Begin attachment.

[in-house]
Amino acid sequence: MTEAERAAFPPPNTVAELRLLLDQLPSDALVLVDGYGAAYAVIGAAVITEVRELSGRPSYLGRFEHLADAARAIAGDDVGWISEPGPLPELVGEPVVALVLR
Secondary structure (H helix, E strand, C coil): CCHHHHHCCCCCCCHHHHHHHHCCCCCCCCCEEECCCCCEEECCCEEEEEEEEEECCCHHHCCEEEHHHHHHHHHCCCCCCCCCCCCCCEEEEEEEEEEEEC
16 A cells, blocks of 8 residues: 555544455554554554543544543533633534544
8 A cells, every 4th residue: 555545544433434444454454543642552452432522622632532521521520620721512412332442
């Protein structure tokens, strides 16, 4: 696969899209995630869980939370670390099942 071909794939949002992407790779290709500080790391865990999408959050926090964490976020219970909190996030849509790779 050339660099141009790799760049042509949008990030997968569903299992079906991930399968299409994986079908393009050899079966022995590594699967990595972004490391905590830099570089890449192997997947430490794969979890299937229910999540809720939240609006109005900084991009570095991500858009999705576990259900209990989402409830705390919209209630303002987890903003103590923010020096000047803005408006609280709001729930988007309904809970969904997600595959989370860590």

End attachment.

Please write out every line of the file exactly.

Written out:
[in-house]
Amino acid sequence: MTEAERAAFPPPNTVAELRLLLDQLPSDALVLVDGYGAAYAVIGAAVITEVRELSGRPSYLGRFEHLADAARAIAGDDVGWISEPGPLPELVGEPVVALVLR
Secondary structure (H helix, E strand, C coil): CCHHHHHCCCCCCCHHHHHHHHCCCCCCCCCEEECCCCCEEECCCEEEEEEEEEECCCHHHCCEEEHHHHHHHHHCCCCCCCCCCCCCCEEEEEEEEEEEEC
16 A cells, blocks of 8 residues: 555544455554554554543544543533633534544
8 A cells, every 4th residue: 555545544433434444454454543642552452432522622632532521521520620721512412332442
């Protein structure tokens, strides 16, 4: 696969899209995630869980939370670390099942 071909794939949002992407790779290709500080790391865990999408959050926090964490976020219970909190996030849509790779 050339660099141009790799760049042509949008990030997968569903299992079906991930399968299409994986079908393009050899079966022995590594699967990595972004490391905590830099570089890449192997997947430490794969979890299937229910999540809720939240609006109005900084991009570095991500858009999705576990259900209990989402409830705390919209209630303002987890903003103590923010020096000047803005408006609280709001729930988007309904809970969904997600595959989370860590």